Wednesday, September 28, 2011

Anxiety and Relativity

I have been drowning in anxiety lately. I have this horrible lurking feeling and I just want October to pass. I don't know why, but I just feel like October is going to be a month where I am robbed of all my goodness. Where I lose everything I took for granted anyway. If I can get through October, if I can survive until November, life will go on.

I have been working on an exercise my Father in Law gave me. To this day, it is probably the most productive, most helpful piece of wisdom anyone has ever given me (in particular). He is a perceptive person, who knows I lose a lot of battles to anxiety, because I grew up always expecting the worst of every situation.

So when I am in a fit of anxiety, and my chest is tight and I am pushing back irrational tears, stifling sobs, and just trying to breathe like a normal, balanced, healthy person, I do my darndest to practice that exercise.

Whatever it is that I am focusing on in the moment is anxiety-causing because I cannot get my mind off of the worst possible outcome.

And since I have already mastered picturing the Worst Possible Outcome, I also force myself to picture the Best Possible Outcome. Which is really hard sometimes, when you are stuck in a place where you can scarcely believe there is potential for positivity to find a place in your head.

But it has helped me get a lot of perspective. Sometimes it doesn't work to rid the anxiety, not right away, but sometimes it does. At least for a moment. And then 20 minutes later I have to take a minute to clear my head so I can do it all over again.

I know that this is a first world problem. I know that there are hungry children in Africa, and mothers in third world countries that live every day knowing exactly how many children they brought into the world, and knowing that fewer than that are with them today. I know that there is a large number of people with no roof over their heads, no medicine within reach, no clean water to drink. I know that to them, electricity is a luxury and not even their first concern because there are far more basic needs than that which need to be met.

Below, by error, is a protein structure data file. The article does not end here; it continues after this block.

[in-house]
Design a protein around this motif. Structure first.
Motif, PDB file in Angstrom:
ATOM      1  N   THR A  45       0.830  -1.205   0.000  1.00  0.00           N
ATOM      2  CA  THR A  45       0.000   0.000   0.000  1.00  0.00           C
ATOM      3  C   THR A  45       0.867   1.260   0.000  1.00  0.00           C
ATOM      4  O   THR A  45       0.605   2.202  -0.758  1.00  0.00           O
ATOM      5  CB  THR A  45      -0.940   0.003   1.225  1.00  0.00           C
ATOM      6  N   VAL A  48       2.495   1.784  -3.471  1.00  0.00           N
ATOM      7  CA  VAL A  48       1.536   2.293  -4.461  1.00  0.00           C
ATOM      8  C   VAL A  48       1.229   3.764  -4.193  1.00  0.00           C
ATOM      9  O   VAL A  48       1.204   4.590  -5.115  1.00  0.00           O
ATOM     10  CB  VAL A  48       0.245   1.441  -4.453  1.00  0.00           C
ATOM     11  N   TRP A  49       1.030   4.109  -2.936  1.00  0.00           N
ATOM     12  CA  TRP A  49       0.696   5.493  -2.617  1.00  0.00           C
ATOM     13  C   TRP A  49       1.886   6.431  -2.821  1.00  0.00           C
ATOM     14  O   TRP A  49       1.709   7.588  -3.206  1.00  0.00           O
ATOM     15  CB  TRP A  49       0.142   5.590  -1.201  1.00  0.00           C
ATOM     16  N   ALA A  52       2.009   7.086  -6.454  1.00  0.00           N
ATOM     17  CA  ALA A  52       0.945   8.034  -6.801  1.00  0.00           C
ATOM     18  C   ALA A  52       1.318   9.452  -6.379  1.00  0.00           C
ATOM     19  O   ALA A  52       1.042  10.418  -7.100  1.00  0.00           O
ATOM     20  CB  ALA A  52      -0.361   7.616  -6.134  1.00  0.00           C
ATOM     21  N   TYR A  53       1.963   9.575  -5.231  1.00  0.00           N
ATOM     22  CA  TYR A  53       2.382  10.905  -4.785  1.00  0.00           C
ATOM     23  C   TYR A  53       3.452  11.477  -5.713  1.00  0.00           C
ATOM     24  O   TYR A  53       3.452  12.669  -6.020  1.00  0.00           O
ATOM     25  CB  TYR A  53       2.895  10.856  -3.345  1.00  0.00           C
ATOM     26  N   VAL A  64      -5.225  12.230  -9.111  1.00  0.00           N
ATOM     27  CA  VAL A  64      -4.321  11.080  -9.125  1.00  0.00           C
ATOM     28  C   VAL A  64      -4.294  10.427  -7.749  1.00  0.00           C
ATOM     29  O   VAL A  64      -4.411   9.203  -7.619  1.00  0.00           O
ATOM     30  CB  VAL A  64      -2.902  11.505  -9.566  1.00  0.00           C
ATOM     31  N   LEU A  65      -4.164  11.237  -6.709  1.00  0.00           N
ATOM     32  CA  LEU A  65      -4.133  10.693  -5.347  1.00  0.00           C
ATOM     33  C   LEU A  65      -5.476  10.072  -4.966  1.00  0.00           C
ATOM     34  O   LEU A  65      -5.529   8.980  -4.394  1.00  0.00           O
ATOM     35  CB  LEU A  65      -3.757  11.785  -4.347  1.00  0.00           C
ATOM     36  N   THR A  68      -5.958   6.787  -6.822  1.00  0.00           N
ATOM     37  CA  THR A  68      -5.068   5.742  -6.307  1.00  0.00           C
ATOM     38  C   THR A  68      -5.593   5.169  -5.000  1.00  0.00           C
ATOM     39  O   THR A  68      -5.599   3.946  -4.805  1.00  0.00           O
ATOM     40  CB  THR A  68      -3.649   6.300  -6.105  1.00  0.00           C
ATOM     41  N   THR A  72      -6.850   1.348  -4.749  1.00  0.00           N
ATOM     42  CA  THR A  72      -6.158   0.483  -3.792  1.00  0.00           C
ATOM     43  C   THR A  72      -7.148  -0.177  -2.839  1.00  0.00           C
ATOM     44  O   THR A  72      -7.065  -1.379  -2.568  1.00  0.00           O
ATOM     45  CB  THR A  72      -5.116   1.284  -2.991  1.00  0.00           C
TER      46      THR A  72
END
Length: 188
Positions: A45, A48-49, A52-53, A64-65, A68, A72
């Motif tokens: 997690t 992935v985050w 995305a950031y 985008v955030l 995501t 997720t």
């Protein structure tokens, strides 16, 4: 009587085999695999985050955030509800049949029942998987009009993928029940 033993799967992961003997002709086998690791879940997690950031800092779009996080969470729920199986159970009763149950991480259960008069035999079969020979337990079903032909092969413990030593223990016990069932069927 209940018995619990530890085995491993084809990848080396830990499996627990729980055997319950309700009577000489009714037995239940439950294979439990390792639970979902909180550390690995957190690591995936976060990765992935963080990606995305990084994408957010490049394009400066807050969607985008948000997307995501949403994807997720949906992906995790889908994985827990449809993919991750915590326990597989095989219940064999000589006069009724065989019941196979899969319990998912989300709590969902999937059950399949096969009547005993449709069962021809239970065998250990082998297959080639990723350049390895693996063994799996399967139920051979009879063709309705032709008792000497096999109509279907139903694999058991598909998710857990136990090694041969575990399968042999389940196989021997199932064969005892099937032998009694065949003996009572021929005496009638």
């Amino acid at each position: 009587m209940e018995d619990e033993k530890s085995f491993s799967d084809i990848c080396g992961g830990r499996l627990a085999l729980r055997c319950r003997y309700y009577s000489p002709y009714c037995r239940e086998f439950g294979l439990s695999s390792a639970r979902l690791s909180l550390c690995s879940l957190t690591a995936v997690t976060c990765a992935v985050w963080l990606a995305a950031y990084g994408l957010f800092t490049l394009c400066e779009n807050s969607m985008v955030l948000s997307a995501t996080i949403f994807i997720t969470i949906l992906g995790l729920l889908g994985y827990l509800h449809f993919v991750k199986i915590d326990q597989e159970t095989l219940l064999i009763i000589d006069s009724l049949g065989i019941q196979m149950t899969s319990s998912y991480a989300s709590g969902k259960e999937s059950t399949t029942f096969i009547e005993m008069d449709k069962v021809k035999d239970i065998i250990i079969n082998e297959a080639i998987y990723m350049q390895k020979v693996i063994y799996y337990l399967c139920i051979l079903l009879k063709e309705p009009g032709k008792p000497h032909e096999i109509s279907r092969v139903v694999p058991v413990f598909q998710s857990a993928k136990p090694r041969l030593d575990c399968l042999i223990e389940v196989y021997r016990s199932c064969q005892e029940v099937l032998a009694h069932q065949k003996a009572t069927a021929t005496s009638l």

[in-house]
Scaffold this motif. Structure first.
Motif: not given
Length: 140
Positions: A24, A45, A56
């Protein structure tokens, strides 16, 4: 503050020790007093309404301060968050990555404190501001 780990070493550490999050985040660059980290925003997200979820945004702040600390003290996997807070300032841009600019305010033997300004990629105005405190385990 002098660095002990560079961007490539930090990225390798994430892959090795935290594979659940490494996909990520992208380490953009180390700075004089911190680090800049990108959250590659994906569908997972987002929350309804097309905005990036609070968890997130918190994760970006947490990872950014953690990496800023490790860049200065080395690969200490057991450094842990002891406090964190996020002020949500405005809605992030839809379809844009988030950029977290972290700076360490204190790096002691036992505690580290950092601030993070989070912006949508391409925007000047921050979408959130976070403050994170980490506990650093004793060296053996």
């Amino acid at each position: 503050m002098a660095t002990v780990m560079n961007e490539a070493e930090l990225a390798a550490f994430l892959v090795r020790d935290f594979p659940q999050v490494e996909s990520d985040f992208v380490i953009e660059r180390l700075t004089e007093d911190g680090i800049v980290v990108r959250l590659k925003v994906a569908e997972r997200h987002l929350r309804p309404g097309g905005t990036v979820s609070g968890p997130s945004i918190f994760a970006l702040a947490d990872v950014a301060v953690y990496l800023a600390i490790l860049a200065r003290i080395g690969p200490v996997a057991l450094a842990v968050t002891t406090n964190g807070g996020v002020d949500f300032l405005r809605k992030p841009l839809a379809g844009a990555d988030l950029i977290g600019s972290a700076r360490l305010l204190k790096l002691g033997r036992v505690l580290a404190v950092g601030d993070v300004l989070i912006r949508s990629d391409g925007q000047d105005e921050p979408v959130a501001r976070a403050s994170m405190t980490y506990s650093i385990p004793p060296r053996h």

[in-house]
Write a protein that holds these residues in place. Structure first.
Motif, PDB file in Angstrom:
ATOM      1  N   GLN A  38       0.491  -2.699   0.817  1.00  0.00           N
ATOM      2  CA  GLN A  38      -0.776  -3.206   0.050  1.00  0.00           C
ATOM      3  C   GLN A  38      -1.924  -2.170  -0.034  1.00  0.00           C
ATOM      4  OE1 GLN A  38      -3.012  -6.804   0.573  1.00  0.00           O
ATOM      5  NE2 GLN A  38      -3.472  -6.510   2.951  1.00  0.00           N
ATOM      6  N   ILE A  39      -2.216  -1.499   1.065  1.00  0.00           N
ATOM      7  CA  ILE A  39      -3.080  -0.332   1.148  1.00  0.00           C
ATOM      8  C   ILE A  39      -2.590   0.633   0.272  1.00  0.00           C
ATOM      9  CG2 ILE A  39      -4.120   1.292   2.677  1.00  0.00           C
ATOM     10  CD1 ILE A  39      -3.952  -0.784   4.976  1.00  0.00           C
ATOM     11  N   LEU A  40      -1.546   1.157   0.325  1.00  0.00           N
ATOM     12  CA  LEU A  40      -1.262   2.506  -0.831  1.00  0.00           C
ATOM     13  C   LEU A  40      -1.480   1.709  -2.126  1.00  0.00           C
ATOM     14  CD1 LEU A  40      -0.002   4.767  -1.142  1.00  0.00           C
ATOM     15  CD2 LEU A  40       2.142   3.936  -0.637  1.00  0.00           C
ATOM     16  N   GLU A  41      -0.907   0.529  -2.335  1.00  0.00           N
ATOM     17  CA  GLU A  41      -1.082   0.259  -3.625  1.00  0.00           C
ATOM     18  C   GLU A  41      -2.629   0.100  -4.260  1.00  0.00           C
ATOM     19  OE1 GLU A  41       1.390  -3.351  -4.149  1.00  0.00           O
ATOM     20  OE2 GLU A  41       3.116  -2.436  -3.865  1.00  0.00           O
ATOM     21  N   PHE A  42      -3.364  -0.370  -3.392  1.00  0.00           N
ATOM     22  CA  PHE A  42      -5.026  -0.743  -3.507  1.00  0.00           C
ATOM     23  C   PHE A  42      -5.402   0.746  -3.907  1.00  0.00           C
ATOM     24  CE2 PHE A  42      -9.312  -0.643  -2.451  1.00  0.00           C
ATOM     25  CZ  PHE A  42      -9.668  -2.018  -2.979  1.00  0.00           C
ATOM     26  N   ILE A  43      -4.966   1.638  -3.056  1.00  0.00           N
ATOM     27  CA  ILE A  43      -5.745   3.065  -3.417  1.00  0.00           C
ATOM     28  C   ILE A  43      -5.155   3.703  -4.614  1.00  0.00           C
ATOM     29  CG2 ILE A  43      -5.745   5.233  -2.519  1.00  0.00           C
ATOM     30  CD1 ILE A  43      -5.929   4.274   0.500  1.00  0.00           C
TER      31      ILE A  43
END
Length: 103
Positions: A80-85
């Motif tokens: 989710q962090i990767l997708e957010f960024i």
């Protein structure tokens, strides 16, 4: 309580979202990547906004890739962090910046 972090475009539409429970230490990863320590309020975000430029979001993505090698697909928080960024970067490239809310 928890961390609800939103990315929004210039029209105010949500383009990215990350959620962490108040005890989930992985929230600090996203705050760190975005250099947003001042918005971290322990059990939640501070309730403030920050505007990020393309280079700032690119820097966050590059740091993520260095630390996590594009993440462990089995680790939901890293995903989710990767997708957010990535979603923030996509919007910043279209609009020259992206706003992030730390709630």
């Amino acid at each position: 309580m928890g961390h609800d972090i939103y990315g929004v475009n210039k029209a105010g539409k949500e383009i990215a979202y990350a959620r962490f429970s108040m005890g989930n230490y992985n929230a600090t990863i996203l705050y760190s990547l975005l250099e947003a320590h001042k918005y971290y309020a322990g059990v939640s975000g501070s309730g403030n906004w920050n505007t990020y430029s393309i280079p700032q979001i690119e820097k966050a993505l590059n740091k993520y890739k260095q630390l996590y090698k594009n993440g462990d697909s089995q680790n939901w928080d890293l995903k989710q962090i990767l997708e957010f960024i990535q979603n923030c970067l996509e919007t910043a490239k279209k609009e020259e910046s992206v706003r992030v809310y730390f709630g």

I know that there are entire nations where women have no rights, where love is not a principle of marriage, but abuse is. I know that there are places, both far north and far south, where this is not enough wool to make blankets to keep people warm. And if there were, who could afford it anyway?

I know there are men and children working 20 hour stretches in mines just to make ends meet, knowing they will not live long, and dying uncomfortable deaths from their working conditions.

I know that there are places where having a dog to love is not a luxury available to them. That loving a dog is absurd, because they need to eat and we practically make fun of those people by being offended that they feed their families with the food we feed for the fun of it.

So I know, trust me, that my problems are small ones, relative to all the weary souls on the planet I share.  But despite the meagerness of my problems, I ask as humbly as possible (knowing that it isn't humble enough) that anyone reading put up a prayer for me too. My struggles aren't worthy, but right now they feel pretty grim, and I am not sure how they are going to come to an end.

1 comment:

Helen said...

It's easy to get overwhelmed by the vastness of human suffering, but don't ever feel that your "struggles aren't worthy." Your health and happiness can shape the world around you. I pray that you can find calm.

My part-time analyst recommended a book to me that has helped me a lot -- The 10 Best-Ever Anxiety Management Techniques, by Margaret Wehrenberg. It hasn't swept all the panic away, but it has helped me to focus in those crucial moments.